An infusion of the plant is a popular medicine to stimulate the kidneys, and promote a large flow of watery urine. The juice of the herb acts in the same way when made into a thin syrup with sugar, and given in doses of two tablespoonfuls three times in the day. Dropsical effusions caused by an obstructed liver, or by a weak dilated heart, may be thus carried off with marked relief. The decoction of Parietaria, says Gerard, “helpeth such as are troubled with an old cough.” All parts of the plant contain nitre abundantly. The leaves may be usefully applied as poultices.
But another Pellitory, which is more widely used because of its pungent efficacy in relieving toothache, and in provoking a free flow of saliva, is a distinct plant, the Pyrethrum, or Spanish Chamomile of the shops, and not a native of Great Britain, though sometimes cultivated in our gardens. The title “Purethron” is from pur, fire, because of its burning ardent taste. Its root is scentless, but when chewed causes a pricking sensation (with heat, and some numbness) in the mouth and tongue. Then an abundant flow of saliva, and of mucus within the cheeks quickly ensues. These effects are due to “pyrethrin” contained in the plant, which is an acid fixed resin; also there are present a second resin, and a yellow, acrid oil, whilst the root contains inulin, tannin, and other substances. When sliced and applied to the skin it induces heat, tingling, and redness. A patient seeking relief from rheumatic or neuralgic affections of the head and face, or for palsy of the tongue, should chew the root of this Pyrethrum for several minutes.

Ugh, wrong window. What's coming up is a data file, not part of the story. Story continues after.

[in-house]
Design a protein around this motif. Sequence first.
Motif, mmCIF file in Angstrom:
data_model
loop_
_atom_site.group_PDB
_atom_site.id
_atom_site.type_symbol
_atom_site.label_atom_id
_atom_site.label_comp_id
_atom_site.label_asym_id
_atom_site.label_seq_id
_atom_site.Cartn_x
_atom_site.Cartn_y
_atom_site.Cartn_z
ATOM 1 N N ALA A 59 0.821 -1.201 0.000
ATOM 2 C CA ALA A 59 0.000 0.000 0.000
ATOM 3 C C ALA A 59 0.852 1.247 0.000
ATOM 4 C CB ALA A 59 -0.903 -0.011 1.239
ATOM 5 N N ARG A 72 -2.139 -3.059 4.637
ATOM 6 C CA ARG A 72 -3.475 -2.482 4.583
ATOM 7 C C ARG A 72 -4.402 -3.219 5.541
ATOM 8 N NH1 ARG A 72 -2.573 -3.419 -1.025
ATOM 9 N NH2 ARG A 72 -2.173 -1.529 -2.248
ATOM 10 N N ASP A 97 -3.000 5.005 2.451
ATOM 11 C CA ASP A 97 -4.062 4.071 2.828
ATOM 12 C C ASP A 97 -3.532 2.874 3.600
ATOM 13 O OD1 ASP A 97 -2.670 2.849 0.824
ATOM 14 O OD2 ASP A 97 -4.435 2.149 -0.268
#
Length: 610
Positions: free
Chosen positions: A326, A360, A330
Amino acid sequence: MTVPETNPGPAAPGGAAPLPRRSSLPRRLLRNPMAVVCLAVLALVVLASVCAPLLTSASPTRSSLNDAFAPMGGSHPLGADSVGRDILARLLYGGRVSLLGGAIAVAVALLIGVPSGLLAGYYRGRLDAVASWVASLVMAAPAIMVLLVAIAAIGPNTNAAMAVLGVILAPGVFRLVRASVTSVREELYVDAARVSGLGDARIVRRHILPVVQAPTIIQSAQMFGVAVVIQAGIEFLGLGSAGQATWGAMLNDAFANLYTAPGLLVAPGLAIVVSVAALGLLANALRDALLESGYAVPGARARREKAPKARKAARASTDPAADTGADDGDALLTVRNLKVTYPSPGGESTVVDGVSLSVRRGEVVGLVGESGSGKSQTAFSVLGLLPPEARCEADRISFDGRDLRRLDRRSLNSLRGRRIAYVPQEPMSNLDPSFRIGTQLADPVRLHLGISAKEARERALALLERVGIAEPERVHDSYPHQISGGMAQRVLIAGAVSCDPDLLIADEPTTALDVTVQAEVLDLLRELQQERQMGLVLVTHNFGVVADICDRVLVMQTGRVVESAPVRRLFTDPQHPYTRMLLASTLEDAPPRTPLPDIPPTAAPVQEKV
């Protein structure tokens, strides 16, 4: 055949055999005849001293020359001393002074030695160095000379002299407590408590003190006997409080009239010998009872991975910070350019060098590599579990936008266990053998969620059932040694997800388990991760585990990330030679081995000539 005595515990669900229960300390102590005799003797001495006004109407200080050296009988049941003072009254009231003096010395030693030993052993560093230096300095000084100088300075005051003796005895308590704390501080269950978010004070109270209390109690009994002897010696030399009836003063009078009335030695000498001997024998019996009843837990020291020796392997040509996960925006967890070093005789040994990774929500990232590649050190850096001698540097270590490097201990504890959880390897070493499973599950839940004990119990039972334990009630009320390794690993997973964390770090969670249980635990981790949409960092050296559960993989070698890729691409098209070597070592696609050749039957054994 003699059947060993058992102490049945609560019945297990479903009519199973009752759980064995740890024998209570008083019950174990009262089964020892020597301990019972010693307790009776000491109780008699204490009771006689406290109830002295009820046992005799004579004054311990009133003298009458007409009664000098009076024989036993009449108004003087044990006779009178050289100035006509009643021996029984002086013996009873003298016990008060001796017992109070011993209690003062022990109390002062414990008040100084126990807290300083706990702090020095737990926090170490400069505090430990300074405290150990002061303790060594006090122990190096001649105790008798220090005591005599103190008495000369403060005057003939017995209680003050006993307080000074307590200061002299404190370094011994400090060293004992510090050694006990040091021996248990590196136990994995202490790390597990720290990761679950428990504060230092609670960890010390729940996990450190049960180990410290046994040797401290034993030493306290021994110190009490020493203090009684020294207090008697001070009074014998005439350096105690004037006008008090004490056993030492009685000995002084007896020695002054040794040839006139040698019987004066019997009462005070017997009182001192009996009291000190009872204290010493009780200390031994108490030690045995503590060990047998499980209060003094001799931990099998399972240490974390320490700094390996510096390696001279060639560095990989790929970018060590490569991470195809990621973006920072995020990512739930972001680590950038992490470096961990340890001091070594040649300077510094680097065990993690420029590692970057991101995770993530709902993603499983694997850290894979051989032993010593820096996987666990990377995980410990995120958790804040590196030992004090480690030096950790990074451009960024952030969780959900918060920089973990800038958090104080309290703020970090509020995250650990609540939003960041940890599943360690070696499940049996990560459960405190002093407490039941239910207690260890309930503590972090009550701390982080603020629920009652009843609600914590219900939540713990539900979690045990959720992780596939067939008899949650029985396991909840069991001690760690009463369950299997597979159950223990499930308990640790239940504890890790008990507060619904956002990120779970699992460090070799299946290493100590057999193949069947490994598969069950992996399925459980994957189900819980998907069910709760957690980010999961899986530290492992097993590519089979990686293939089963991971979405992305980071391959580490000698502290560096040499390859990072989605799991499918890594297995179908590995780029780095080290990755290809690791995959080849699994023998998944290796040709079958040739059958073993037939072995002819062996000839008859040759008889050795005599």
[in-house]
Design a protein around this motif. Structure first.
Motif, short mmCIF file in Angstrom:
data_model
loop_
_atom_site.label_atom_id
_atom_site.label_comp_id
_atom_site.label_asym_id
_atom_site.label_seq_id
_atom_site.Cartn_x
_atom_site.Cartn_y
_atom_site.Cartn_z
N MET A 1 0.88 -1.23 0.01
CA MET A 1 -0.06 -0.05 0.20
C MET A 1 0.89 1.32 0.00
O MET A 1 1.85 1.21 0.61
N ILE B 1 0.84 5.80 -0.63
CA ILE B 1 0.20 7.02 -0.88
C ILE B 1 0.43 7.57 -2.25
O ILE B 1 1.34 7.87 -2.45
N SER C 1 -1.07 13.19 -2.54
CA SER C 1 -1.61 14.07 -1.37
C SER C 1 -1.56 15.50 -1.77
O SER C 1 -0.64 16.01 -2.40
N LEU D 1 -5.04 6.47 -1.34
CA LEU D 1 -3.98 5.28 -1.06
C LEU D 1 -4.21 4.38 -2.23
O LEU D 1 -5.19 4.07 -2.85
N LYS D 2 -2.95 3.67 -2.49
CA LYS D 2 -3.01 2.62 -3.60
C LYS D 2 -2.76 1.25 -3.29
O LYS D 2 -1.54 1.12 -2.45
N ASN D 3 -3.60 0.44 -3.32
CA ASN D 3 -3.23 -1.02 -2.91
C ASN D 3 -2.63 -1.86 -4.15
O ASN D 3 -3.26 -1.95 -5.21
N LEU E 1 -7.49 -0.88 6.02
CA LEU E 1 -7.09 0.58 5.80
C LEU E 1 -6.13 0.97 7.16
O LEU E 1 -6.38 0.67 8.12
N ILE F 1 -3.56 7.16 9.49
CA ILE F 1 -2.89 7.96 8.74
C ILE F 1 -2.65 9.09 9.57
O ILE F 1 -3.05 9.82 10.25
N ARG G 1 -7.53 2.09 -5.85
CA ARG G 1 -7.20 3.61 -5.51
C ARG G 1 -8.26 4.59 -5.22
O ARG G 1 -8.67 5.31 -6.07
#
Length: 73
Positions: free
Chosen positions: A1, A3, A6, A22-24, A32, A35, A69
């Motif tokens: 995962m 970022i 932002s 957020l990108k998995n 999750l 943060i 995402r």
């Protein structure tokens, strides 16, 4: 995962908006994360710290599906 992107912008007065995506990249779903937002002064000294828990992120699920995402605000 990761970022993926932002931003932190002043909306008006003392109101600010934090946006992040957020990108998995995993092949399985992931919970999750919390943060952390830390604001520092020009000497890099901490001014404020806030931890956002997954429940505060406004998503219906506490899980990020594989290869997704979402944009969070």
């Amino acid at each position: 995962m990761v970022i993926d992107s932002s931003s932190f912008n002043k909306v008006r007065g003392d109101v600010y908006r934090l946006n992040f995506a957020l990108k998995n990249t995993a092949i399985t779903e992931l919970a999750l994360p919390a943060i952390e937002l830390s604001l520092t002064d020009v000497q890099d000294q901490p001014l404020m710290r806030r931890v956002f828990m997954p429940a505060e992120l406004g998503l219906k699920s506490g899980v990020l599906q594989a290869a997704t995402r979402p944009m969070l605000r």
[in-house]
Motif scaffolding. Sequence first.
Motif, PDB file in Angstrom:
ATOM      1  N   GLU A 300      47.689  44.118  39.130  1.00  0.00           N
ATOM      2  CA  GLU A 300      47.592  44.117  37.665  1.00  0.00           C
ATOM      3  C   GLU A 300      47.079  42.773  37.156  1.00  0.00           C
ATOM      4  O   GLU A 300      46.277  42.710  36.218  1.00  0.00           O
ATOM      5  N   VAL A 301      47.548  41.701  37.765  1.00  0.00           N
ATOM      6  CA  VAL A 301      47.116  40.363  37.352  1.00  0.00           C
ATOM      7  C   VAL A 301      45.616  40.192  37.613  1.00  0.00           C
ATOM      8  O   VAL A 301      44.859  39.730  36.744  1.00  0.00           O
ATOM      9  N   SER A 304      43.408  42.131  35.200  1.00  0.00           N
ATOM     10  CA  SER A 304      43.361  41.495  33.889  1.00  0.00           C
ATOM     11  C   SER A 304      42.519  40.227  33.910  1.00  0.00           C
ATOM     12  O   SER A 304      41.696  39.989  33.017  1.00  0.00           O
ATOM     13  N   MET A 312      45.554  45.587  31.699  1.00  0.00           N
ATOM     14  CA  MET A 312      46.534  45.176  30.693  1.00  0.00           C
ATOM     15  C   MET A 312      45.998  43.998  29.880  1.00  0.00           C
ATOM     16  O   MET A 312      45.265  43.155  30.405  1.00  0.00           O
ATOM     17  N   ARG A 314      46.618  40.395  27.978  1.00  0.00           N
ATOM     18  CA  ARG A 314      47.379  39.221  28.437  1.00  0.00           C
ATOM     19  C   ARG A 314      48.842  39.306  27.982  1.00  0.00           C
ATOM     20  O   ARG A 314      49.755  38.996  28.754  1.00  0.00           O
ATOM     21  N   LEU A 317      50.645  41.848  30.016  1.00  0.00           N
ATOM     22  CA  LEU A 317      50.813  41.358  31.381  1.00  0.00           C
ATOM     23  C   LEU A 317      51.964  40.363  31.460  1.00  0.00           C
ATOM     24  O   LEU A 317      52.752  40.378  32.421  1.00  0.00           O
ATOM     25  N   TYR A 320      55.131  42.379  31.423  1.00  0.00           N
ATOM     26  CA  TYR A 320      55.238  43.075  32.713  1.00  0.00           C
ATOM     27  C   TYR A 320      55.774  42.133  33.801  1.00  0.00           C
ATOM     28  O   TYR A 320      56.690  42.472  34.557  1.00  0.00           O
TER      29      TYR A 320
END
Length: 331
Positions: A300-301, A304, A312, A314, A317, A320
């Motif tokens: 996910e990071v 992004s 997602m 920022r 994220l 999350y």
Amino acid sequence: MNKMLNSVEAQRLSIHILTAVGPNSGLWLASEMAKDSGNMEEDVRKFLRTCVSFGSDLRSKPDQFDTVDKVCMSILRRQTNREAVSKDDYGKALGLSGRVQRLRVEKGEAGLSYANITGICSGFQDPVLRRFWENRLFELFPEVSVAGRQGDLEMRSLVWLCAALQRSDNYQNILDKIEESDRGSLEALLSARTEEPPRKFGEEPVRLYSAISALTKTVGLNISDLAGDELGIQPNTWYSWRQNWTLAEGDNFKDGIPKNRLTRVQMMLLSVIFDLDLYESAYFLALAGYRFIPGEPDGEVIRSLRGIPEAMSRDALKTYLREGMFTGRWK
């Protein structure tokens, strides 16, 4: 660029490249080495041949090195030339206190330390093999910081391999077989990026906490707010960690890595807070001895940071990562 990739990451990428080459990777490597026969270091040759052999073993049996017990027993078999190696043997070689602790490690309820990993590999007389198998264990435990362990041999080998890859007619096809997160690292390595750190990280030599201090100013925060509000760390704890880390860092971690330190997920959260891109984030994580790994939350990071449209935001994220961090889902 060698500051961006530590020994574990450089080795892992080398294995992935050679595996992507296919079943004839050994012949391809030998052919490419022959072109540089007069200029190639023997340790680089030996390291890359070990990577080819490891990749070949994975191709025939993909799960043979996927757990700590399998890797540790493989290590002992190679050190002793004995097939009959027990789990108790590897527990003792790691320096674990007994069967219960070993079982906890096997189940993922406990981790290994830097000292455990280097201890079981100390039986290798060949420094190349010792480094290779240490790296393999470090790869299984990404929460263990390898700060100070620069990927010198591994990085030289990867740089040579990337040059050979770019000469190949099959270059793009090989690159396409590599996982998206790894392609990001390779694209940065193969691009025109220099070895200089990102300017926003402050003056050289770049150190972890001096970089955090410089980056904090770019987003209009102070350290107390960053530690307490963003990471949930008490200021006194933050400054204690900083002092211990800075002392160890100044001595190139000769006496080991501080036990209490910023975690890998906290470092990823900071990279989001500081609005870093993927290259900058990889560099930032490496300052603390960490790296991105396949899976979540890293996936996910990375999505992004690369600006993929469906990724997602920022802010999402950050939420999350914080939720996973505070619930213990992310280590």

The “Pelleter of Spain” (Pyrethrum Anacyclus), was so styled, not because of being brought from Spain; but because it is grown there.
A gargle of Pyrethrum infusion is prescribed for relaxed uvula, and for a partial paralysis of the tongue and lips. The tincture made from the dried root may be most helpfully applied on cotton wool to the interior of a decayed tooth which is aching, or the milder tincture of the wall Pellitory may be employed for the same purpose. To make a gargle, two or three teaspoonfuls of the tincture of Pyrethrum, which can be had from any druggist, should be mixed with a pint of cold water, and sweetened with honey, if desired. The powdered root forms a good snuff to cure chronic catarrh of the head and nostrils, and to clear the brain by exciting a free flow of nasal mucus and tears–Purgatur cerebrum mansâ radice Pyrethri.